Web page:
21. says

    And this is among the many many reasons I love Erica Strauss…when she isn't making amazing fresh morning crepes with huckleberries and yogurt for her dearest friend…she is busy telling it like it is. DON'T BE AN ASSHOLE. LOL

  22. says

    Found a link to this blog post from Dog Island Farm, and I'm thrilled to have you on my list of blogs I follow. Lots of back-reading to do now & looking forward to it.

    Great post!

  23. says

    Perfect! For those of us just starting out, it can be intimidating to talk to "professional" no it alls that condemn the 10 other things you aren't doing instead of the first step you are doing. Bravo!

  24. Anonymous says

    if she cultivated 6,000lbs of organic produce year after year on a 1/10 of an acre without not even a drop of a pesticide, a 4,5kW solar array, a dozen chicken and ducks laying fresh eggs, an organic garden and compost pile, milled all her flour by hand, a greywater system, a compost toilet, a rainwater catchment system, have organized hundreds of seminars, screenings and free potlucks to teach and enlighten the lalahood while keeping a family of four together, healthy and sane she might have a case, as it is, it is only disgusting and mean-spirited writing

  25. says

    Ah, yes — I wonder who "Anonymous" could be? I'm sorry, but I don't care WHAT someone does on their 1/10 acre. It doesn't give anyone a case to be an "urban homesteading asshole." Also, while we're at it, it doesn't give *anyone* a right to trademark commonly used phrases (or, to be more accurate, get a service mark on the supplemental register) and then bully other hardworking urban homesteaders. I know the trademark doesn't specifically relate to Erica's original post, but something tells me that "Anonymous" is familiar with the situation.

  26. Sharon Miro says

    Wow–Anonymous cannot feel that good about what he/she says. Not willing to put your name on it, means you have NO credibility in my book. Own up, and then we can have a dialogue, not bombastic monologue.

  27. says

    3 tons of produce from 4,350 square feet per year??? Not bloody likely that you can yield 1.4 pounds of (the context assumes "edible") produce for every square foot of a garden.

    "Keeping a family of four together, healthy and sane"??? What about family members five and six–the wife and one child that fled in terror years ago at the sight of Jules Dervaes emulating Old Testament prophets in his Bible-mobile.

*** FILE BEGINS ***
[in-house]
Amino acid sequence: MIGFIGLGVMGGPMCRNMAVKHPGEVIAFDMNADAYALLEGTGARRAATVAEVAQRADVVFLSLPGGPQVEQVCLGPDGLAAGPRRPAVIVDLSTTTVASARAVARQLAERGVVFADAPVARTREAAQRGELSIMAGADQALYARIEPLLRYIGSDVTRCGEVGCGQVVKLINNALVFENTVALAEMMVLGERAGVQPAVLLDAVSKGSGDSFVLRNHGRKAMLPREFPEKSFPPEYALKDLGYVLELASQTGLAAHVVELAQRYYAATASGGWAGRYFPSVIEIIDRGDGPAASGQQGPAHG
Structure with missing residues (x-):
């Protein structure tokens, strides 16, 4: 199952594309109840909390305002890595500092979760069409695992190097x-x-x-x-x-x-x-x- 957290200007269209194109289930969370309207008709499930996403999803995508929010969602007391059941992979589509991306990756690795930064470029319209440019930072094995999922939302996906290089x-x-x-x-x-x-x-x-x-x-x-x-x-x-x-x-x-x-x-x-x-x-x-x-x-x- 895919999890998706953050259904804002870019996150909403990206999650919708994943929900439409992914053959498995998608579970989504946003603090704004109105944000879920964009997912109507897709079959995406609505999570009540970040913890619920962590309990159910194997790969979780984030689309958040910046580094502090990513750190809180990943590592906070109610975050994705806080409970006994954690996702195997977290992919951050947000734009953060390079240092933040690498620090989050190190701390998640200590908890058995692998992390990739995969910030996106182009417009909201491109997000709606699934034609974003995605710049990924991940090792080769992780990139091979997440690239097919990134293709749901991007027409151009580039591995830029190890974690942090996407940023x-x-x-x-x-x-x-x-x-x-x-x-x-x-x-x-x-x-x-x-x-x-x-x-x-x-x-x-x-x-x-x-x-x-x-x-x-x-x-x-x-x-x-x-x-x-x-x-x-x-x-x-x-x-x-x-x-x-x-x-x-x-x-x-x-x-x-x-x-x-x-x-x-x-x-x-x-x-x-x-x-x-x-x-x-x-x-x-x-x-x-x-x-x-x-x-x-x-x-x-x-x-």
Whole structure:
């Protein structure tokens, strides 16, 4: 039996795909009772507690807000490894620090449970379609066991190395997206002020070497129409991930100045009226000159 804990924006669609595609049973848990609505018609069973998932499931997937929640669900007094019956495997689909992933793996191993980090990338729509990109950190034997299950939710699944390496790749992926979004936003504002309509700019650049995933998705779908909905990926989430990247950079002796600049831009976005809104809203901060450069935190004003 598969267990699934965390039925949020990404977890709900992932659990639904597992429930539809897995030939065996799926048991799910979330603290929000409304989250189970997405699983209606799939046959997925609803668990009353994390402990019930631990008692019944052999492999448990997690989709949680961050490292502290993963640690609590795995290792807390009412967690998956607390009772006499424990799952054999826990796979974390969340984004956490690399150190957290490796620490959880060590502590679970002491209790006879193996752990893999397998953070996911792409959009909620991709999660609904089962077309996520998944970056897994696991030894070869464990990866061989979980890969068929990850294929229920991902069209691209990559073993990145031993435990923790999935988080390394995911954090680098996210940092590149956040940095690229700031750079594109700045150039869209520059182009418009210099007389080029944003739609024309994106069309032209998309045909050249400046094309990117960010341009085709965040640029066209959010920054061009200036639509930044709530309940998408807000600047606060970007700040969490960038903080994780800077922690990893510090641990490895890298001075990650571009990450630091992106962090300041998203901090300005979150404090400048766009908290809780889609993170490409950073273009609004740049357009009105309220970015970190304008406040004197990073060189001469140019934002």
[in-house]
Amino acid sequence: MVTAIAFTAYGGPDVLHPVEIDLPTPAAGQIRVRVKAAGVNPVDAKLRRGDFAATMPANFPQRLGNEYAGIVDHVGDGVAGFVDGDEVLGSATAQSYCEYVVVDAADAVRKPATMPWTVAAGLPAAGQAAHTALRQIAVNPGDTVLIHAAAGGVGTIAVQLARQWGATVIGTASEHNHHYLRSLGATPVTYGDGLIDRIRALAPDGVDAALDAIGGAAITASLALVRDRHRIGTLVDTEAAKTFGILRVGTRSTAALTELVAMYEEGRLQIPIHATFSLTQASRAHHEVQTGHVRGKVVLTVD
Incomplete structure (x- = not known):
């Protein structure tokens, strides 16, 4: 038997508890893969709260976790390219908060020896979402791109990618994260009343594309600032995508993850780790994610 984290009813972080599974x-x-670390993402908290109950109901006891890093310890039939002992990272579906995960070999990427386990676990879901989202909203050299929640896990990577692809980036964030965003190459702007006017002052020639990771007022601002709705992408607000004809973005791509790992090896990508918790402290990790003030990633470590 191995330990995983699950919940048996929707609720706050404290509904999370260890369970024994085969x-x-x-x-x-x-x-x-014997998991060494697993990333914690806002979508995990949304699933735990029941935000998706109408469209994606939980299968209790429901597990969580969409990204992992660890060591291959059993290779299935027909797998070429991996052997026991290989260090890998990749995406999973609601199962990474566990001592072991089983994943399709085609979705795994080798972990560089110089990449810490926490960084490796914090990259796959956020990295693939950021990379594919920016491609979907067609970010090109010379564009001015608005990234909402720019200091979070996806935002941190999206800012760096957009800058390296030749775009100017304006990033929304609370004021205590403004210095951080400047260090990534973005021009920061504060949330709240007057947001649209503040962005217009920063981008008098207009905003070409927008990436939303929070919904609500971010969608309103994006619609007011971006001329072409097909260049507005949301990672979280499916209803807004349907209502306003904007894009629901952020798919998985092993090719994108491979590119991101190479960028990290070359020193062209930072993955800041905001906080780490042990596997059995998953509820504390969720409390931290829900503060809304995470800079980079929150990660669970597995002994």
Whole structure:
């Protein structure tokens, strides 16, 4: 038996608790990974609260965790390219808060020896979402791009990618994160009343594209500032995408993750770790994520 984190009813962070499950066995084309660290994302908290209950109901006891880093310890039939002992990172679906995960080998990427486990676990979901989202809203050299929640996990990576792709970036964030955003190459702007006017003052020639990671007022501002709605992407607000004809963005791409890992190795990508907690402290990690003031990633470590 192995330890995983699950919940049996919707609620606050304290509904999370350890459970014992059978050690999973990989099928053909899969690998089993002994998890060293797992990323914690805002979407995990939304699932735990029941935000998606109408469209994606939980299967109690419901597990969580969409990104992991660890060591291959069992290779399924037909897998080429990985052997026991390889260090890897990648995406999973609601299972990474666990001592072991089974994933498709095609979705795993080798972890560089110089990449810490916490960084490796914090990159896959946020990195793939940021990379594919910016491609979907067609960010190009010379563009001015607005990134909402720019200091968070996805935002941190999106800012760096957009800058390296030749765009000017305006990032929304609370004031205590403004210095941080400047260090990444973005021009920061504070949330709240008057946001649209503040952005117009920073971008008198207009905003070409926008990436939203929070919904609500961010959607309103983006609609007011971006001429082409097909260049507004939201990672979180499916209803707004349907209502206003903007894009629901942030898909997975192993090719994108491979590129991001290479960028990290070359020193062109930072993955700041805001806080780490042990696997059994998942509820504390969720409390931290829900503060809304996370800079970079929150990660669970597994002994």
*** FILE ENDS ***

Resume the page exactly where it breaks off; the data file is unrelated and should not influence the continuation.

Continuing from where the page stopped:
"organic…compost pile"??? I seem to recall the Dervaes get tons of free compost from third parties.

  28. says

    Well, I for one, am glad someone is looking out for those of us out here in the lalahood who might be dissuaded from behaving as assholes by the disgusting and mean-spirited writer of this blog. I suppose the point anonymous is making is, it's OK to act as an asshole as long as you have the proper credentials! lol! Great post Erica!

  29. says

    hmm i lost my comment.. anyways.. once again.. great read, and not to diss anyone.. i thought it was appropriate :D and very tongue in cheek with a hint of absolutely correct… since i've had the 'you should be doing this and this' blah blah in my ear…

  30. says

    Anonymous commenter indeed, lol! Looks like you received the first shot across the bow Erica, WELL DONE!!! I applaud you! You hit a nerve in a most eloquent way, bravo, and if "anon" thinks that their list of accomplishments on 1/10 of an acre trumps what you've said here then they're crazier than formerly thought, lol! Blog on girl!

  31. says

    Erica, what you've pointed out so well is that the manner in which one does something is just as important as what one does. Ethics is about the congruence between the two AND the intention of doing good in the world by both.

    Urban Homesteading is not a competition, it's an evolving way of life. The leadership of this movement is not concentrated in the hands of a few, it's a collective leadership, and has been so ever since the first seed was planted by our ancestors. Each of us has something to offer, and each has something to learn. I love the Open Source nature of it all!

  32. says

    Great article. Im guilty of being an urban homesteading asshole, but only with my wife. Poor thing doesnt want anything to do with it! (Im gardened up anyway, were cool.)

  33. says

    I posted a comment on this last week, but it seems to have disappeared. Anywho, fantastic post! I think what people forget is that we are all on the SAME TEAM. We don't need to jockey for the urban homestead throne. We all have unique living situations and we do the best that we can within those confines. we should be patting each other on the back for all the cool stuff we've done rather than stepping on heads to get to the top. such silliness.

  34. says